Over recent years, banks have been trimming the interest rate differential offered for variable rate mortgages. Not surprisingly, the percentage of buyers now chosing variable mortgages is dropping. The new belle of the ball is the old standby. That's right, the boring, bland, fixed rate mortgages have become Miss Popularity.
Why have fixed rate mortgages become more tempting to more daring mortgagees? Well, that's because home owners who gambled on a variable rate mortgages are no longer seeing enough upside.
Let's go back to the basics of why, despite the uncertainty, variable rates were appealing to these mortgage mavericks in the first place. They chose variable mortgages mainly for three reasons:
1. They were more risk tolerant
2. Interest rates on variable were generally significantly lower than fixed
3. They were gambling that over time the average variable rate mortgage would be
lower than the fixed and they will save money
So let's deal with the risk aspect first. The risk involved in a variable mortgage is that if a home purchaser choses the lower variable rate, then the interest on their mortgage can change up or down with no warning. They have the option to lock in later, but if the rate goes up and they chose to lock in to a fixed, then the rate will be higher than if they had chosen to lock in before the rates increased. Also, their ability to negotiate a fixed rate is bootstrapped because they are already on contract for the variable mortgage to their financial institution.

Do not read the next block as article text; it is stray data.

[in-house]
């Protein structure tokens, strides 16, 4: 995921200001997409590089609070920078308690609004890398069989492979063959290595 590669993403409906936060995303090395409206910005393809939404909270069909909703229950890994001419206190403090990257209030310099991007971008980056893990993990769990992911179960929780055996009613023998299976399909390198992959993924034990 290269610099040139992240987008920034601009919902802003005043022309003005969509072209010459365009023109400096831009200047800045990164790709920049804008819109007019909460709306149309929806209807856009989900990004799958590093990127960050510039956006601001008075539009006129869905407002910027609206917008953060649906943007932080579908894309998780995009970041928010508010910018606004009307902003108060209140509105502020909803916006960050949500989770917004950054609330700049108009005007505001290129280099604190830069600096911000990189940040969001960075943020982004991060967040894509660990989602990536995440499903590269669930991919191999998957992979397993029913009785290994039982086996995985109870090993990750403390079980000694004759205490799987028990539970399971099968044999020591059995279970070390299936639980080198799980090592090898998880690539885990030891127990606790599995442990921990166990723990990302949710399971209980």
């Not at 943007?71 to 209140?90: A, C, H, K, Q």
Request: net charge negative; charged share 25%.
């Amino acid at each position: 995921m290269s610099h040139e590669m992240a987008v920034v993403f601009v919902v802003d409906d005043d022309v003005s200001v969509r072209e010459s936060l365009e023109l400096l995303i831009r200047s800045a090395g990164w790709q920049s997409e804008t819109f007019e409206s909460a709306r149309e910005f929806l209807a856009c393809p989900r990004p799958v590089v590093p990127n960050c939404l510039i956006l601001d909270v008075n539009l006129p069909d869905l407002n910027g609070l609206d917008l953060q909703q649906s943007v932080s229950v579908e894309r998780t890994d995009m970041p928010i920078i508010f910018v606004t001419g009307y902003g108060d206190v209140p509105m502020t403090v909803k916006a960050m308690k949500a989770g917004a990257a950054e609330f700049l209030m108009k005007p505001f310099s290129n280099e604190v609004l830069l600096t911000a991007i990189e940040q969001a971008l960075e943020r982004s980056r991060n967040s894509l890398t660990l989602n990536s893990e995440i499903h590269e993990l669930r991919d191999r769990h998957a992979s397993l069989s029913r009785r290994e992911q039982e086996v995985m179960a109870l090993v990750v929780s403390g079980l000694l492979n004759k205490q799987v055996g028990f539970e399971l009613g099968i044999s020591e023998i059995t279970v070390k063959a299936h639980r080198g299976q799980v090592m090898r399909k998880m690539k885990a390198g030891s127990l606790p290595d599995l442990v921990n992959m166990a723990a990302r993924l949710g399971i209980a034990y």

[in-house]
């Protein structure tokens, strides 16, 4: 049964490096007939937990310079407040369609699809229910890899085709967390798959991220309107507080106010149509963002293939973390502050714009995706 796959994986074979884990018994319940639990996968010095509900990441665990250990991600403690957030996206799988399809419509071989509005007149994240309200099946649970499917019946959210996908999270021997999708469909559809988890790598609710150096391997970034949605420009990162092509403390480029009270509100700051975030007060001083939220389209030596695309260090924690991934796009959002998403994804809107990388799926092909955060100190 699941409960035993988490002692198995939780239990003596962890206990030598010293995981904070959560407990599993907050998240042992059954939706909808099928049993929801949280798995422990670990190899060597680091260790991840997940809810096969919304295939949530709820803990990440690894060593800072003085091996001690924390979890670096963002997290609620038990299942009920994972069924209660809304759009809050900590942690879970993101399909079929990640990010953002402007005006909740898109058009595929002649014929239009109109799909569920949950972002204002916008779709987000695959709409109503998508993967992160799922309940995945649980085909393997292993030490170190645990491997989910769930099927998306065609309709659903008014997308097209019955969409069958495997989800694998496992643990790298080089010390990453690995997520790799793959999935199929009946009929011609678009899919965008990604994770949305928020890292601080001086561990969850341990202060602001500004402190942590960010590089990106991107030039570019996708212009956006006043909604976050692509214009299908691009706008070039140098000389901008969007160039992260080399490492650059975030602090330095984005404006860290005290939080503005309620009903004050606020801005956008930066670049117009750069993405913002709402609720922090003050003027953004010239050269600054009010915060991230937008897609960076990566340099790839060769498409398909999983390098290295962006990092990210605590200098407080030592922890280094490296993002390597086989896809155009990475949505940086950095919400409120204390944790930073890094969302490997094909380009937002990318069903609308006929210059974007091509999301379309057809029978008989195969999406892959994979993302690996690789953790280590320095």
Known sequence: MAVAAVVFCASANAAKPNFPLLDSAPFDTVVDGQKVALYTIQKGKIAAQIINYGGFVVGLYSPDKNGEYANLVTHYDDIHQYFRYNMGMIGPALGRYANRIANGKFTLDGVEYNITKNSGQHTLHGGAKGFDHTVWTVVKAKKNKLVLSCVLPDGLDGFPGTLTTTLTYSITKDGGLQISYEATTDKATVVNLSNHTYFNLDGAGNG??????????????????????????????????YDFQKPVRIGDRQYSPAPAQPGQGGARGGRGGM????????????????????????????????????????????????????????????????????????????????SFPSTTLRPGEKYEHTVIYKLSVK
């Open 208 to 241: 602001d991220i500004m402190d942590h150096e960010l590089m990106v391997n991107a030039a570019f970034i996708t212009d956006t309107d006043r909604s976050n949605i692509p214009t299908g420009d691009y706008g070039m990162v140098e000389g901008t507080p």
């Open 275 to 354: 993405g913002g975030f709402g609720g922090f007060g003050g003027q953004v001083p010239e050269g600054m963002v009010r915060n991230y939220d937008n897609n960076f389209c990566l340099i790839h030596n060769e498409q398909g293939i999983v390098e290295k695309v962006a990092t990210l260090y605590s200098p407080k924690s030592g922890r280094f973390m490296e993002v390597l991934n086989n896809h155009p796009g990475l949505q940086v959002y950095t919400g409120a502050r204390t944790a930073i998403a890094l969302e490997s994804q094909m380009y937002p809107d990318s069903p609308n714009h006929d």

Despite this risk, buyers that have chosen variable rate mortgages have, in most cases, saved money over the course of the mortgage given the interest rate spread (lower variable than fixed rate) and the stable interest rates we have experienced. "Anyone who would have selected a variable-rate product over the last 10 years will have done very well" says John Turner, director of mortgage at Bank of Montreal in Toronto".
Let's move on to the second reason; the interest rate differential. As they say, all good things must come to an end. Well, in this case, not exactly an abrupt end; but just not such a good thing anymore. Up until a few years ago, variable rates were at either prime, or prime minus. Now they are at prime plus. The interest rate spread between a variable and fixed rate mortgage has narrowed. This in effect, has decreased the upside of variable rate mortgages.
The third reason is the gambling on the interest rate differential in favour of the variable rate. If you had five advisors, all with doctorates in economics, you will still not have a lot of luck timing the market. It's very difficult to predict when interest rates are going to change and by how much.
Many buyers are now less tempted by the variable rate mortgages and opt for the security of fixed. If you take this week for example, the difference between the best five year variable and the five year fixed, is that the variable rate is about .5% less. This is significant but with interest rates so low, mortgagees are realizing the bottom is close. The reason that you would pick a variable over a fixed rate is that you believe over time that the variable rates will average lower. How much lower can interest rates go?